*In two cases Samples B and C arrived outside the time limit and the results were excluded

103

RESEARCH

25
5 4 3 2 1 0

20

no of canals

15 10 5 0
X Y Z

4 3

Fig. 2 Bar chart showing numbers of canals with bacterial loads at each sampling time for early exposure to PAD after exclusion of initial negative cultures

25
5 4 3 2 1 0

no of canals

Fig. 1 Diagrammatic representation of plating of microbial growth. Numbers indicate sequence of streaking the culture: 2 equivalent to a total of 1.5x 108 bacteria

20 15 10 5

Table 3 Stastical analysis of scores using 2 Initial load After conventional After PAD X HS HS Initial Load
HS = Highly significant NS = Not significant

0
NS After conventional X After PAD

Fig. 3 Bar chart showing numbers of canals with bacterial load at each sampling time for conventional hypochlorite treatments after exclusion of initial negative cultures

Y) except for two had a score of zero (Fig. 2). After the completion of the endodontic preparation, the cultures taken from the walls of the canal in these remaining two canals scored one and zero. In Group 2, after hypochlorite and citric acid treatment on completion of the conventional treatment, four of the canals contained culturable material (Fig. 3). The subsequent use of the PAD treatment eliminated all culturable bacteria in three of the four canals. In the fourth canal it was found that the emitter failed to deliver the correct energy dose as the tip had become damaged and confirmed in the laboratory subsequently. A comparative statistical analysis of the two treatment modalities comparing canals with culturable bacteria with those with no culturable material using 2 showed that there was a highly significant reduction in bacterial load with each treatment modality between samples X and Y and between samples A and B. The level of reduction of load after Y and B were not significantly different.

DISCUSSION While sodium hypochlorite is regarded by most as the solution of choice for irrigating canals, there are concerns as to the ability of the sodium hypochlorite to wet the canal walls adequately and disrupt the biofilm. The time taken and volume of the irrigant required for effective disinfection also prolongs the treatment time. The combination of citric acid as a cleaning agent to remove smear and break up the biofilm followed by subsequent use of photo-activated disinfection has therefore been assessed as an alternative to conventional continuous irrigation with sodium hypochlorite solution. This follows previous
104

work in which it was established that the use of hypochlorite was successful in eliminating culturable bacteria from the walls of the canals in only 76% of the cases treated.23 Citric acid is a well documented chelating agent and had been used frequently in dentistry as a means of smear removal and breakdown of any biofilm layer. Its use, prior to a disinfecting agent, as a biofilm disrupter would facilitate the passage of the disinfecting solution into both the lateral canals and open dentinal tubules.29 Citric acid is well accepted biologically and at the concentration used here would not have any deleterious action on the surrounding tissue as it is not highly ionised. Once the root canal surface has been cleaned the spread of the disinfectant solution is dependent on the viscosity and surface tension of the solution used. The aqueous solution of the photosensitiser has good wettability properties and Stringer et al.30 have demonstrated the passage of TC solution a substantial way (in excess of 300m) into dentine slices in vitro. Similarly the light/photosensitiser technique has been shown not to have a deleterious effect on the surrounding tissue.31,32 In Group 1, after the crown down procedure, use of the citric acid/PAD process has successfully reduced the bacterial load in all but two cases (91%). The effect of this combination procedure would appear to be effective debridement being achieved in the crown down procedure permitting penetration of the canal walls by the disinfecting solution. The activation of the disinfecting system then reduces the bacterial load. Light transmission through the tooth tissue at the operating wavelength appears to be good and attenuation in sound dentine33 is minimal with up to 3 mm thick dentine slices.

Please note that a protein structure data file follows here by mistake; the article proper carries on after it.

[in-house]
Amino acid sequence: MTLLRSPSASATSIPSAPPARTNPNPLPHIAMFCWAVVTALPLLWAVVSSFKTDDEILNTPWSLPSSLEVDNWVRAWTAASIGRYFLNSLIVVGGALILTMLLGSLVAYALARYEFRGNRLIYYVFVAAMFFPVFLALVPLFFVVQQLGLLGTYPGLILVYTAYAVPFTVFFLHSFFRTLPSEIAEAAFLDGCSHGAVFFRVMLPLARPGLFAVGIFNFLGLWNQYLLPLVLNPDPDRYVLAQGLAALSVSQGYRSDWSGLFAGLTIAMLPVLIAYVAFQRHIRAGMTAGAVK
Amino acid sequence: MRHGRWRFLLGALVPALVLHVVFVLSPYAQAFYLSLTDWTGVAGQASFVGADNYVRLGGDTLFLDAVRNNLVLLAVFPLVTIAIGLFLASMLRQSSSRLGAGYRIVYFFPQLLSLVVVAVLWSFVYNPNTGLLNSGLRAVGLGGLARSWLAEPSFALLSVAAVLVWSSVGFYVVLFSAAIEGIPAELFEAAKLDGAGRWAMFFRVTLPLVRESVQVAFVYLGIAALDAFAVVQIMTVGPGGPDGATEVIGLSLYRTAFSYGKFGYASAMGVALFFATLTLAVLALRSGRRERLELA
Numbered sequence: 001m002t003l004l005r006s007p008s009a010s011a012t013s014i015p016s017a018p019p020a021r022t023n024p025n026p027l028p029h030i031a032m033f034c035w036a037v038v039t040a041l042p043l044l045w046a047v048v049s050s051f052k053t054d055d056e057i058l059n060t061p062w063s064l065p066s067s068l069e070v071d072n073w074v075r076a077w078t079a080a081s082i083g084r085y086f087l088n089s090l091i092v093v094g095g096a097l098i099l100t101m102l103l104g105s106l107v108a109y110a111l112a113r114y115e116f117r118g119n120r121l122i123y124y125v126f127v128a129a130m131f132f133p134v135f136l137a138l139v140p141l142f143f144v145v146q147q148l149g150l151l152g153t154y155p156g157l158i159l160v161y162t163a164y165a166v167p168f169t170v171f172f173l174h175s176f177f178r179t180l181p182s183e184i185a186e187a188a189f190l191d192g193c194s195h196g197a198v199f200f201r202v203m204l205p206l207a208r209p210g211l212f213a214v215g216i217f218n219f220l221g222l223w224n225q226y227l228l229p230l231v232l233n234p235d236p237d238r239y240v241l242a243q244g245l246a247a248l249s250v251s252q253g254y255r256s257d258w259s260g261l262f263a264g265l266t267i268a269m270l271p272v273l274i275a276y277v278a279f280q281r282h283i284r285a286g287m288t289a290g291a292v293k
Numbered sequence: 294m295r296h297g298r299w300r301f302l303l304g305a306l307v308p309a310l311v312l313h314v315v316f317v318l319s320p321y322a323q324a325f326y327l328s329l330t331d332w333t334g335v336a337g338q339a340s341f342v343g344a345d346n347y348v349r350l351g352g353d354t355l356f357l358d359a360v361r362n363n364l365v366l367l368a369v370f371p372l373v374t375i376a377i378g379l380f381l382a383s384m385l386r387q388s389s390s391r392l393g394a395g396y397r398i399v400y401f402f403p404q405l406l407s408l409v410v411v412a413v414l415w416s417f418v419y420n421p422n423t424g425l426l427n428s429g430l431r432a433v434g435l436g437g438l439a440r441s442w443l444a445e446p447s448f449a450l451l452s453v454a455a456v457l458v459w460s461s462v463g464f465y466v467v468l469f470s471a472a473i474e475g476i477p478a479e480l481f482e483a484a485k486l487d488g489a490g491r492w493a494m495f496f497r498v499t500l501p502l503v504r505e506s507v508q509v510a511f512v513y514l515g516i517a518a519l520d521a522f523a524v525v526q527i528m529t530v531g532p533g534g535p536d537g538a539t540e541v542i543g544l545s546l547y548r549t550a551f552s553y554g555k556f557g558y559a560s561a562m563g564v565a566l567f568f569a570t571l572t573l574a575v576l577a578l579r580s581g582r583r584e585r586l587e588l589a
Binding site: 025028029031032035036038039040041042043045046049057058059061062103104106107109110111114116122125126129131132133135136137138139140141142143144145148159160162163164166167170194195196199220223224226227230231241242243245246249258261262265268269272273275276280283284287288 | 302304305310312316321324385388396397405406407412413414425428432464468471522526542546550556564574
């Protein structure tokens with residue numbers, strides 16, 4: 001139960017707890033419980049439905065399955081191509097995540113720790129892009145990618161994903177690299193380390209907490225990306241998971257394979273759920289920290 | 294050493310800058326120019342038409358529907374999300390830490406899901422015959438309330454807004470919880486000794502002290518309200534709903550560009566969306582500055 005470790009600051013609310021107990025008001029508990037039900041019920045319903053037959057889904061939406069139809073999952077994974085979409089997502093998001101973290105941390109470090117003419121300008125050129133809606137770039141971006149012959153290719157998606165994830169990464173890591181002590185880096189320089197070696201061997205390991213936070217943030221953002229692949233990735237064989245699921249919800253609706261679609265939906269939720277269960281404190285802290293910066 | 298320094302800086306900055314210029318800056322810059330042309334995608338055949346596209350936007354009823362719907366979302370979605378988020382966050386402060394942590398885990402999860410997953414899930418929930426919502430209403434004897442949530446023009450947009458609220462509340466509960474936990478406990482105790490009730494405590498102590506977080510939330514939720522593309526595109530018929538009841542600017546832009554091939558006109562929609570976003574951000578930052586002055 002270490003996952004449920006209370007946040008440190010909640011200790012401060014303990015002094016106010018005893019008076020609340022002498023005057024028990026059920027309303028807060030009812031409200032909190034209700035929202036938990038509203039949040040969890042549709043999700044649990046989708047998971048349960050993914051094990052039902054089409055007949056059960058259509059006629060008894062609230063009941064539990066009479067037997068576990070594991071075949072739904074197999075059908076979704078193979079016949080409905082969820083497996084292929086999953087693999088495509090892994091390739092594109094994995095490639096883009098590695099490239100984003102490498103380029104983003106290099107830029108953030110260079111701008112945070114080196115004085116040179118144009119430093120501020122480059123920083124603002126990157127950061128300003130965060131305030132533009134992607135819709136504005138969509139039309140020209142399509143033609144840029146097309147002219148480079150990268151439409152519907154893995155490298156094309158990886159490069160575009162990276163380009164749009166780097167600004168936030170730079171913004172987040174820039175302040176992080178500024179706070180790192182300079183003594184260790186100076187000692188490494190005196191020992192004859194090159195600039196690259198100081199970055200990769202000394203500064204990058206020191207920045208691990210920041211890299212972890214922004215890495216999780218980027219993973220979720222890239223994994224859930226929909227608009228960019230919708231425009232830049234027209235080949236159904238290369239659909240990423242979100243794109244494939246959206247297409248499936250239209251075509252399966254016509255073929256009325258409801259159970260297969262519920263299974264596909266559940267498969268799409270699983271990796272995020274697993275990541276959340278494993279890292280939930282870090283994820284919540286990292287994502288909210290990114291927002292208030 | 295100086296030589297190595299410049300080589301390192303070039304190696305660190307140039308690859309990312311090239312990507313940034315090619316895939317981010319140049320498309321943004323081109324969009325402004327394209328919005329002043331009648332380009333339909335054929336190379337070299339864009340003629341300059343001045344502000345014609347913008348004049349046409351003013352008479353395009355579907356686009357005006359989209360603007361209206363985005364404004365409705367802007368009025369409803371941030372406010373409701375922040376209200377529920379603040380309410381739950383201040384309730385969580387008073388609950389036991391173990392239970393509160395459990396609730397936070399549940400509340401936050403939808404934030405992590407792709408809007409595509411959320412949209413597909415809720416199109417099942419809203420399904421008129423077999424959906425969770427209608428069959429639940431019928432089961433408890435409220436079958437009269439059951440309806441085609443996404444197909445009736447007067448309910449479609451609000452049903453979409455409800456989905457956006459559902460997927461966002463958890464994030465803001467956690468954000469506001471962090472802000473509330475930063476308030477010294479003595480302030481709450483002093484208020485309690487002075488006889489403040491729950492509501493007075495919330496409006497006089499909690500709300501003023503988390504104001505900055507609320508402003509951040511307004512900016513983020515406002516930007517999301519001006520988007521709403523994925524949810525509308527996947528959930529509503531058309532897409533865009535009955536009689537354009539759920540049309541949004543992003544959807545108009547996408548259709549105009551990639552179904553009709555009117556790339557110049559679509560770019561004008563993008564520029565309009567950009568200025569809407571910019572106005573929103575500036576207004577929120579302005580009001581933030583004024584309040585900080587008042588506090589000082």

BRITISH DENTAL JOURNAL VOLUME 201 NO. 2 JUL 22 2006

RESEARCH
In Group 1 there was one case which still showed a bacterial load after use of both PAD and sodium hypochlorite solution. There had been a considerable reduction in bacterial load after PAD but there was no further effect thereafter. The tooth involved was an upper central incisor, with a wide canal. The failure to eliminate the bacteria at first pass was surprising since the anatomy of this canal was relatively simple. Here however, the radiograph of the precementation master point shows that the apex had been breached and it appeared likely the samples included periapical material which would not have been treated by the PAD nor hypochlorite solution. No attempt was made to introduce the irrigating solutions beyond the apex and therefore their influence would have been negligible. In the other case where bacterial load remained after the PAD process, it had been reduced substantially and the further use of conventional irrigating solutions achieved a canal free of culturable bacteria by the end of preparation. The 93% of the cases in Group 1 which were free of culturable bacteria after the crown down procedure was considered to be complete was better than that achieved in Group 2 where the conventional techniques achieved only a 76% success rate using conventional chemo-mechanical methods. The alternative technique described here indicates that it would be possible to disinfect the root canal system without the use of sodium hypochlorite. PAD has been shown to be as effective as conventional chemo-mechanical techniques but is more biocompatible and could potentially decrease the time spent disinfecting the root canal system.